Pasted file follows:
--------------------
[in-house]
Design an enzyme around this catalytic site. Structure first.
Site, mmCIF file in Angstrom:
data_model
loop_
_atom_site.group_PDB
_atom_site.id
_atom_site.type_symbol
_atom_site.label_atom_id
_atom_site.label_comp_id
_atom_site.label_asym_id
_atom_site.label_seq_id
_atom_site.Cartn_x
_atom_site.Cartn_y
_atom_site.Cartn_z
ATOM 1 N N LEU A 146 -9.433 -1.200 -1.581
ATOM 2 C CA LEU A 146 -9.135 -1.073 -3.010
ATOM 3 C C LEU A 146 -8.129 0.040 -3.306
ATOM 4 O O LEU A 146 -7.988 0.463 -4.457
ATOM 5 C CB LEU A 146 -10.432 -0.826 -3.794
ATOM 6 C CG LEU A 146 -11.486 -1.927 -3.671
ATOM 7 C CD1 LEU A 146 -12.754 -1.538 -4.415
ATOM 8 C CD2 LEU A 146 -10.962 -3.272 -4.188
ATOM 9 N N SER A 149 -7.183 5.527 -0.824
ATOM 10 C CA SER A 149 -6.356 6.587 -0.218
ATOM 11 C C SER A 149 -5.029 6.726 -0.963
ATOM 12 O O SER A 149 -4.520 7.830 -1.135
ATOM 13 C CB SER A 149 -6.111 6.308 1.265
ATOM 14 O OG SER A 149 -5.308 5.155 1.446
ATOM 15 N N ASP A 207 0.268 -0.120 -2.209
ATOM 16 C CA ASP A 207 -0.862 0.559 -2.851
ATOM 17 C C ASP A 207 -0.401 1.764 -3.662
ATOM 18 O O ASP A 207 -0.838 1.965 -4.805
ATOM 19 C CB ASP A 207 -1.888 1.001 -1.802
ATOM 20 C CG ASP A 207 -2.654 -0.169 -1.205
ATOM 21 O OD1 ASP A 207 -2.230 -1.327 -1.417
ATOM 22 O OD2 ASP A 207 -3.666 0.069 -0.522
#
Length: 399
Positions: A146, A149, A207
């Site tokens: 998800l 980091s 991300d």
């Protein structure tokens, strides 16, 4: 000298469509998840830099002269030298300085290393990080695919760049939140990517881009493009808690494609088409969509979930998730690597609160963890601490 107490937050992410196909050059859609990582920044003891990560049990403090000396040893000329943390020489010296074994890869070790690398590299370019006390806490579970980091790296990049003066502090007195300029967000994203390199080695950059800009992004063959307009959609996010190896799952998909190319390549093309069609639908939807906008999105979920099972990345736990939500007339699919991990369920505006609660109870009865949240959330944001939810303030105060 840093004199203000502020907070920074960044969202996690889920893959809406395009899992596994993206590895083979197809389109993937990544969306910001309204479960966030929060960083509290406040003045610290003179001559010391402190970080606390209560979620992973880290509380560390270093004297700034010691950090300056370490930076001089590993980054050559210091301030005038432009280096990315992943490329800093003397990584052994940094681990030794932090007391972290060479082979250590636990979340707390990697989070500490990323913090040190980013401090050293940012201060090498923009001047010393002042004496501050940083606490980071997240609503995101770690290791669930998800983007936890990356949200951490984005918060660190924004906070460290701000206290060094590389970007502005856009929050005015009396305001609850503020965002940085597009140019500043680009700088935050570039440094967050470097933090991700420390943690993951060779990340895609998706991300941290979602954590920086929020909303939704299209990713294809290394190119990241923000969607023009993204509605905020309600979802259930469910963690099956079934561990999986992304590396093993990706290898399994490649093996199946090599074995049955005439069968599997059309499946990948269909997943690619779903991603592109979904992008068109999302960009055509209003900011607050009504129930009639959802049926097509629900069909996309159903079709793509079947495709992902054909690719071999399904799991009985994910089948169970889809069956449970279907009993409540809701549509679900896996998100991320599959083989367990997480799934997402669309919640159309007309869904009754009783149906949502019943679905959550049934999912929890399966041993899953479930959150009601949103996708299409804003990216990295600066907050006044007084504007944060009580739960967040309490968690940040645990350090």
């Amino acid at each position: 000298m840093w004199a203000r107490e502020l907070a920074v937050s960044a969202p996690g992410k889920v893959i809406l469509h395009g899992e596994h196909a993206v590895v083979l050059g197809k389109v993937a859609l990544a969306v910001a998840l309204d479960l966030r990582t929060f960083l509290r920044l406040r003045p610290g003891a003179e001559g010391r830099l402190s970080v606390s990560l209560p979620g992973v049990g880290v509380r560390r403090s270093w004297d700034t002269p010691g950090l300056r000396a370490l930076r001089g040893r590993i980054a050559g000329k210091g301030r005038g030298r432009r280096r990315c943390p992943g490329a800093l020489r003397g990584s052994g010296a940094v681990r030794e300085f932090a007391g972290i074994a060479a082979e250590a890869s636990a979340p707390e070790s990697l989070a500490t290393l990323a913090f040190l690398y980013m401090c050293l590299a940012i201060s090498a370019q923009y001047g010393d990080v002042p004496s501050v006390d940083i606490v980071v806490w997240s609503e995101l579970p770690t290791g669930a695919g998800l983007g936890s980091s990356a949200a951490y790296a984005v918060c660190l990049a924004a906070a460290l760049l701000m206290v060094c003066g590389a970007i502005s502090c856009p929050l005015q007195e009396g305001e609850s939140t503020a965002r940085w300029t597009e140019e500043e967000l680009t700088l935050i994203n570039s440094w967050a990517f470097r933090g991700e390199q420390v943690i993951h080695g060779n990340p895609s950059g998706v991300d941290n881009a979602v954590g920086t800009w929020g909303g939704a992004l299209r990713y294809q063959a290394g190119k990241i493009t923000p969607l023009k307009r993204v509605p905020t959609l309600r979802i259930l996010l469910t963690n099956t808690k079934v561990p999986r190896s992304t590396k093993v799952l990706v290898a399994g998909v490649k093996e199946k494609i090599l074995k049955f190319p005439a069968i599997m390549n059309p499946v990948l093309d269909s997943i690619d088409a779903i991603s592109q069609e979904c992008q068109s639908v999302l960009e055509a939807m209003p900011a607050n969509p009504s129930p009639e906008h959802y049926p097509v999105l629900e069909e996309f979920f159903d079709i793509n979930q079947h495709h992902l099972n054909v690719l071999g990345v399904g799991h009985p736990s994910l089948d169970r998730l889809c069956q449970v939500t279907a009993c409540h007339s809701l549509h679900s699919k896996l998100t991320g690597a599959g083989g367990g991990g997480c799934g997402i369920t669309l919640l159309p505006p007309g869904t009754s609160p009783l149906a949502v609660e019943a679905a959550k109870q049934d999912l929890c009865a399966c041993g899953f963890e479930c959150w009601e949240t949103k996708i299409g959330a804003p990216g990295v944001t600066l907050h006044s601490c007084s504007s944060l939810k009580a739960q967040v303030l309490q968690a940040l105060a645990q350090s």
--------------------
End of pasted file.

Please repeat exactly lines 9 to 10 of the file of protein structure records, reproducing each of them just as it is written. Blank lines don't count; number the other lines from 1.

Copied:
_atom_site.label_atom_id
_atom_site.label_comp_id